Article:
In today’s society, the pressure to conform to unrealistic beauty standards and maintain a certain body shape or size has led to an increase in the prevalence of eating disorders and disordered eating patterns. While these terms may sound similar, it is crucial to understand the distinct differences between eating disorders and disordered eating. This article aims to shed light on these two concepts, emphasising the importance of early recognition, seeking professional help, and fostering a healthy relationship with food and body image.
1. Understanding Eating Disorders:
Eating disorders are serious, potentially life-threatening mental illnesses that impact a person’s eating behaviours, thoughts, and emotions. They are characterised by severe disturbances in eating patterns, accompanied by an intense preoccupation with weight, shape, and body image. Three commonly diagnosed eating disorders include:
a) Anorexia Nervosa: Individuals with anorexia nervosa typically restrict their food intake significantly, leading to extreme weight loss and a distorted perception of their body size. They often exhibit a fear of gaining weight and may engage in excessive exercise or purging behaviours.
b) Bulimia Nervosa: People with bulimia nervosa experience recurrent episodes of binge eating, followed by compensatory behaviours such as self-induced vomiting, excessive exercise, or misuse of laxatives or diuretics.
c) Binge Eating Disorder: This disorder involves recurrent episodes of binge eating, characterised by a loss of control during these episodes. Unlike bulimia nervosa, individuals with binge eating disorder do not engage in compensatory behaviours, leading to weight gain and associated emotional distress.
2. Disordered Eating:
Disordered eating refers to a range of abnormal eating behaviours that do not meet the clinical criteria for an eating disorder. While disordered eating does not represent a specific diagnosis, it can still have detrimental effects on one’s physical and mental health. Examples of disordered eating patterns include:
a) Chronic dieting or yo-yo dieting: Engaging in restrictive diets or frequent weight cycling can disrupt the body’s natural hunger and satiety cues, leading to an unhealthy relationship with food.
b) Orthorexia: This condition involves an obsessive fixation on consuming only “clean” or “healthy” foods, to the point of severely limiting food choices, causing nutritional deficiencies, and social isolation.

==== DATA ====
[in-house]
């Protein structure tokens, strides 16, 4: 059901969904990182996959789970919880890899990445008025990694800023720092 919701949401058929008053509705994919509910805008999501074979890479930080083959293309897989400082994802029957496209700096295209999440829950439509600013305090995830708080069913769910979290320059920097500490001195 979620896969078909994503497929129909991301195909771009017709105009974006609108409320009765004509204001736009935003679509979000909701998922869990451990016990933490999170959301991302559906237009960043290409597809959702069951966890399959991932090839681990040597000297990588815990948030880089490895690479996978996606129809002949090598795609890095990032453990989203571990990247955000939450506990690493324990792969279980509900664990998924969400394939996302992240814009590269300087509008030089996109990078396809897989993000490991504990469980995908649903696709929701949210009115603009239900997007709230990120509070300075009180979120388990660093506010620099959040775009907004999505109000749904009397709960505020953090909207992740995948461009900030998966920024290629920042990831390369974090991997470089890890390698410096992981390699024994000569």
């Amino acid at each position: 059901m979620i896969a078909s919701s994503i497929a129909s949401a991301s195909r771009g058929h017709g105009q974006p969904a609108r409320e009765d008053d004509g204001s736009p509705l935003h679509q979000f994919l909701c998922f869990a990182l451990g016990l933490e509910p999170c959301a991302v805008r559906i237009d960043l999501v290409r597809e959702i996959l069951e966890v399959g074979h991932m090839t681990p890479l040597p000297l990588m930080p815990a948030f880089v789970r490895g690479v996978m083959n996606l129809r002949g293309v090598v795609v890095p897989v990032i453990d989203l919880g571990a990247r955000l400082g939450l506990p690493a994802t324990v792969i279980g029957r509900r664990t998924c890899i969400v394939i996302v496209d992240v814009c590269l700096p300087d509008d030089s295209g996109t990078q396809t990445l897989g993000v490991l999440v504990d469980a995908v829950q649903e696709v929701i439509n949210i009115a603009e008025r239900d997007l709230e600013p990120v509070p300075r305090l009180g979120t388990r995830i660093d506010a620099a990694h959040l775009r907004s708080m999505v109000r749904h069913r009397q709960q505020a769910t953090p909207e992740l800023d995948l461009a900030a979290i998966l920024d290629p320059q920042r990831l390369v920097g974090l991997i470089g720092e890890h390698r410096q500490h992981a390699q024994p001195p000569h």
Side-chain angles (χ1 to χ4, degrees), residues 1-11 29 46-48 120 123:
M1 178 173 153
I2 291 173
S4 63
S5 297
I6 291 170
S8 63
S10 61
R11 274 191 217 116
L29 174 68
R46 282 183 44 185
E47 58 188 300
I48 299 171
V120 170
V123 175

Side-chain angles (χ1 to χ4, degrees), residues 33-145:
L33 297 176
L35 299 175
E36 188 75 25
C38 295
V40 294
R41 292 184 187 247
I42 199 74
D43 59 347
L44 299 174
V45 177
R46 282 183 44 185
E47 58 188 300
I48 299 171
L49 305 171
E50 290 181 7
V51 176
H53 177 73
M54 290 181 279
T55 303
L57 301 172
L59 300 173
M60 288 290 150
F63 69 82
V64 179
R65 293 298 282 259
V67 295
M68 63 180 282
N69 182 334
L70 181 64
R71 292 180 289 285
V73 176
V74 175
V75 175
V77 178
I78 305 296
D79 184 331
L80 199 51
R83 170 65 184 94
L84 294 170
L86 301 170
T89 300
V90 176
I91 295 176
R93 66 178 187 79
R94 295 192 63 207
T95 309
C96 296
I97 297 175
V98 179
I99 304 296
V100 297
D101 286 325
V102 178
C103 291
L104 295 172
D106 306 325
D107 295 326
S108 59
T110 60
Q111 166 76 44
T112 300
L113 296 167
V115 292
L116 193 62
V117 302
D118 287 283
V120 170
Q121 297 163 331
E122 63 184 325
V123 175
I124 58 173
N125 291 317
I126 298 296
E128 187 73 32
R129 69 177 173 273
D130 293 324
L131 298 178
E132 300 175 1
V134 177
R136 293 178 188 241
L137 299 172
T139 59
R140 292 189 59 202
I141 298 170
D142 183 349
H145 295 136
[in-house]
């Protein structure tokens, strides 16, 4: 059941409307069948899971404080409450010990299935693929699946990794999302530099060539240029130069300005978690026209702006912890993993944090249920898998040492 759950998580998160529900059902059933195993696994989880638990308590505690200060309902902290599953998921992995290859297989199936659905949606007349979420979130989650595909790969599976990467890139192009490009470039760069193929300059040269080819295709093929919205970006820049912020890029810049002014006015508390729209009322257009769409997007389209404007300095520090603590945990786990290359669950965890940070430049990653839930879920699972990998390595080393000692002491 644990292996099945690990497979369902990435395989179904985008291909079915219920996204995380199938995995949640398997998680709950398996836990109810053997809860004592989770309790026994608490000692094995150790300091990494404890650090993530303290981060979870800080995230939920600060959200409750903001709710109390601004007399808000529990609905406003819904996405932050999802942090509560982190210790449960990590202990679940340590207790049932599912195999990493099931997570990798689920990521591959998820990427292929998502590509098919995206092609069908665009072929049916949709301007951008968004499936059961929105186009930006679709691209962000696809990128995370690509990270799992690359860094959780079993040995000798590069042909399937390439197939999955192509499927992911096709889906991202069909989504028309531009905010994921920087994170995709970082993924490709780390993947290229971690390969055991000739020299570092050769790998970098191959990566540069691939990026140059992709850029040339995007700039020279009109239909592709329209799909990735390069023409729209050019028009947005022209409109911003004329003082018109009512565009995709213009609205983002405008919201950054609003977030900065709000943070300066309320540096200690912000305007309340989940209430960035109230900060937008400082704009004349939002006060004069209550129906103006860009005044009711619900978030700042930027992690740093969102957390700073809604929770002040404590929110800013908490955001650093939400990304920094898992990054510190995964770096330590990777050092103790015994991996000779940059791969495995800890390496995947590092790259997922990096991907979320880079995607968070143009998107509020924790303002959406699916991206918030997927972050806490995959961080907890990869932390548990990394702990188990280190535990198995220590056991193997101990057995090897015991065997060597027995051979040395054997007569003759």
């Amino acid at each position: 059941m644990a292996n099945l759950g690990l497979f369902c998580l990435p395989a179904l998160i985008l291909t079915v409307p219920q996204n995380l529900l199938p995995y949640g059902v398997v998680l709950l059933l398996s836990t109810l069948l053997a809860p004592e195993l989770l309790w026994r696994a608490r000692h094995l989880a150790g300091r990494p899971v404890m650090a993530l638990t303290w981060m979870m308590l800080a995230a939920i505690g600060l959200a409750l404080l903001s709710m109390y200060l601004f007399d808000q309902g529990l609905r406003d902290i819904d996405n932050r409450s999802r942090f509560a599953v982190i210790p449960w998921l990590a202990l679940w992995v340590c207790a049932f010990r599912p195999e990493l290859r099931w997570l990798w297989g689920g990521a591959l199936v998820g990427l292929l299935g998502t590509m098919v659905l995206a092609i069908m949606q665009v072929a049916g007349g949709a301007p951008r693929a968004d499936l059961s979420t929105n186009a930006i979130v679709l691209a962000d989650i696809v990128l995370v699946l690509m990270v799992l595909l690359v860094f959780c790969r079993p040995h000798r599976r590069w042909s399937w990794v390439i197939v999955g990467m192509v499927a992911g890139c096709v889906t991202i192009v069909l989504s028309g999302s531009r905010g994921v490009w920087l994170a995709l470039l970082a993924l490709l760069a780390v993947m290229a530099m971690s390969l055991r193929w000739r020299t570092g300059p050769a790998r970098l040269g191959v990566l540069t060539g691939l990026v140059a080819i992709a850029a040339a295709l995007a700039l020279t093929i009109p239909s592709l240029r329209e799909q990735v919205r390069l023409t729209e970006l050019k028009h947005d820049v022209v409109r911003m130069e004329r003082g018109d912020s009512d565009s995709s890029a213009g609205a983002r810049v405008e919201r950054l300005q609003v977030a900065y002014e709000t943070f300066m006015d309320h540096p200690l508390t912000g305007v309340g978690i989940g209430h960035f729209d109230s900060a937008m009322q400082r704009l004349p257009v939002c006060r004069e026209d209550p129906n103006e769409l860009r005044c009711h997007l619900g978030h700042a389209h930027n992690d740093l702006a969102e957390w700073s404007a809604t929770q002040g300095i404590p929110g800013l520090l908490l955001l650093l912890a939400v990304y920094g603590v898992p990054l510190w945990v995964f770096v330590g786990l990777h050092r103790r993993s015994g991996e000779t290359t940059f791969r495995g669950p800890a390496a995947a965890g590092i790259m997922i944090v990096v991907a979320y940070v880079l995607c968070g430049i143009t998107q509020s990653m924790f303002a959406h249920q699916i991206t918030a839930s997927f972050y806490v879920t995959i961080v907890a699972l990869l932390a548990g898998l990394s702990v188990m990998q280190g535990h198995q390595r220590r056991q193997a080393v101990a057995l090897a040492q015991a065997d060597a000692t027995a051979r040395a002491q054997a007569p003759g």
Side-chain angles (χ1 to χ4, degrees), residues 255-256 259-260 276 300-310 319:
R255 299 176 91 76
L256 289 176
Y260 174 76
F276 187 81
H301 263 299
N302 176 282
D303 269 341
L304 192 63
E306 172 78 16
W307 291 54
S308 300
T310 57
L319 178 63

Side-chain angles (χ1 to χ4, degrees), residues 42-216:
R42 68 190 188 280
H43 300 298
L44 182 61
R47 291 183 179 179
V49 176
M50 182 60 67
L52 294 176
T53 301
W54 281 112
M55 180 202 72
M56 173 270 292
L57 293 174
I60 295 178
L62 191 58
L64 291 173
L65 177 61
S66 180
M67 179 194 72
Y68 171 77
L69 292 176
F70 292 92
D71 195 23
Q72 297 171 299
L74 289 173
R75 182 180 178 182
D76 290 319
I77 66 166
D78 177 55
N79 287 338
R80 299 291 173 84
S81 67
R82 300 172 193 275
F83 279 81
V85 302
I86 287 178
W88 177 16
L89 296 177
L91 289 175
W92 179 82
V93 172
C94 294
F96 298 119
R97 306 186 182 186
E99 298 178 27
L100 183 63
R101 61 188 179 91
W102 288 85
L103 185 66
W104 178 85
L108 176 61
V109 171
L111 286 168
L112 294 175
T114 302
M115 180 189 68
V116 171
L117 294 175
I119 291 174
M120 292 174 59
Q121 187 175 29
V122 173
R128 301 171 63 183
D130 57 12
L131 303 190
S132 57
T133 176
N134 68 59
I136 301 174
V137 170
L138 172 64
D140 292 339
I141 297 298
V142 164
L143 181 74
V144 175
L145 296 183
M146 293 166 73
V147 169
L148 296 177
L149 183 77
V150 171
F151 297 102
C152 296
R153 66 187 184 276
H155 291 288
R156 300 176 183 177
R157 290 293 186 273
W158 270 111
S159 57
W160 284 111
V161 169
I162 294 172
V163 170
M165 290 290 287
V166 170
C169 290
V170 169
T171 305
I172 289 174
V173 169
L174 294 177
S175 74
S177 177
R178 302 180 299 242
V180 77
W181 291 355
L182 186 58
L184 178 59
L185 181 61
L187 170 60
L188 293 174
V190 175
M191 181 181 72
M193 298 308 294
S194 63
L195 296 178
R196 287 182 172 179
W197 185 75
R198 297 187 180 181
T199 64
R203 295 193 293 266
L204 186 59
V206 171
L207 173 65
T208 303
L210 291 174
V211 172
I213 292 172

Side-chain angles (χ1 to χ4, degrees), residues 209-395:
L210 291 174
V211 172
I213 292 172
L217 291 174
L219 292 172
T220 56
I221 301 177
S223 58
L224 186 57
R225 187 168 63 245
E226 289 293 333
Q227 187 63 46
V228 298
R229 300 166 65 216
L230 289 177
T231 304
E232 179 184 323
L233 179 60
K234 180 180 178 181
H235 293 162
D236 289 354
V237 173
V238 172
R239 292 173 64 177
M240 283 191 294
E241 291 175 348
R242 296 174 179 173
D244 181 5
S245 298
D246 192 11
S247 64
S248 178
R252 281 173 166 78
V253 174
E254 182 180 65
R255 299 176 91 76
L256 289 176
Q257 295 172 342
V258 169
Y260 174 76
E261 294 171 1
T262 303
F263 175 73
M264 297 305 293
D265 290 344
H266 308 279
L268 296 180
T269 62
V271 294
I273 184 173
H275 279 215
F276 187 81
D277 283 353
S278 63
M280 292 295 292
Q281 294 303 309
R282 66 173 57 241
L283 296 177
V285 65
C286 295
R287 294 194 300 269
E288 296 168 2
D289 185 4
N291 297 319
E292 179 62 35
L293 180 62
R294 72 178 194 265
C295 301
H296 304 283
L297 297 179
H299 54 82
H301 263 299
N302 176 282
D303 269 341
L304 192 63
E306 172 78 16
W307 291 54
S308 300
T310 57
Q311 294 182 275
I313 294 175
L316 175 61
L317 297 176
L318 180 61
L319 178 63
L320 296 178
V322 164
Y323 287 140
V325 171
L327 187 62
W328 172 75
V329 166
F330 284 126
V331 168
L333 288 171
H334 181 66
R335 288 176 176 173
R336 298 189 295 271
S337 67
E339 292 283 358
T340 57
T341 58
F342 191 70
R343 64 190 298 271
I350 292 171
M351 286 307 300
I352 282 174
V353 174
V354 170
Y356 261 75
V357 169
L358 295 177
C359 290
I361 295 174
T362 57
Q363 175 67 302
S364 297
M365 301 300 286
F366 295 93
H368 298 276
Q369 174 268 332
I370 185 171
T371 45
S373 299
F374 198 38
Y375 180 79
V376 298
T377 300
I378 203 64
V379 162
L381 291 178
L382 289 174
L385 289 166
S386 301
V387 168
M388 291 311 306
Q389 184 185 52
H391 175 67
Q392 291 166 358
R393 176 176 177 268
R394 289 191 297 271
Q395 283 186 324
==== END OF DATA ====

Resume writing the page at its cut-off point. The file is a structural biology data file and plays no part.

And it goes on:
c) Night eating syndrome: Individuals with night eating syndrome consume a significant portion of their daily caloric intake during nighttime hours, often accompanied by feelings of guilt and shame.
3. The Relationship Between Eating Disorders and Disordered Eating:
While eating disorders and disordered eating may exist on a continuum, it is important to recognise that not all individuals with disordered eating will develop a clinically diagnosable eating disorder. However, disordered eating patterns can be a risk factor for the development of more severe eating disorders.
4. Seeking Help and Promoting Recovery:
Recognising the signs of both eating disorders and disordered eating is crucial in promoting early intervention and seeking professional help. Individuals experiencing symptoms such as severe weight loss, obsessive thoughts about food or body image, or engaging in harmful behaviours should reach out to healthcare professionals, therapists, or registered dieticians specialising in eating disorders.
Understanding the distinction between eating disorders and disordered eating is essential for fostering a healthy relationship with food and body image. While eating disorders are diagnosed mental illnesses that require specialised treatment, disordered eating patterns can still negatively impact physical and mental well-being. By raising awareness, encouraging open dialogue, and promoting early intervention, we can work towards a society that prioritises overall well-being and supports those struggling with eating disorders or disordered eating patterns.
Author: Merryl Gee, BSocWk, AMHSW, MAASW, MACSW, MANZMHA, MPACFA.
Merryl Gee is a psychotherapist working from a strengths-based, person-centred framework. With over 30 years’ experience, she has a particular interest people who have experienced trauma such as sexual assault or childhood sexual abuse.
To make an appointment with Brisbane Psychotherapist Merryl Gee try Online Booking. Alternatively, you can call M1 Psychology Loganholme on (07) 3067 9129 or Vision Psychology Wishart on (07) 3088 5422 .
1. American Psychiatric Association. (2013). Diagnostic and Statistical Manual of Mental Disorders (5th ed.). Arlington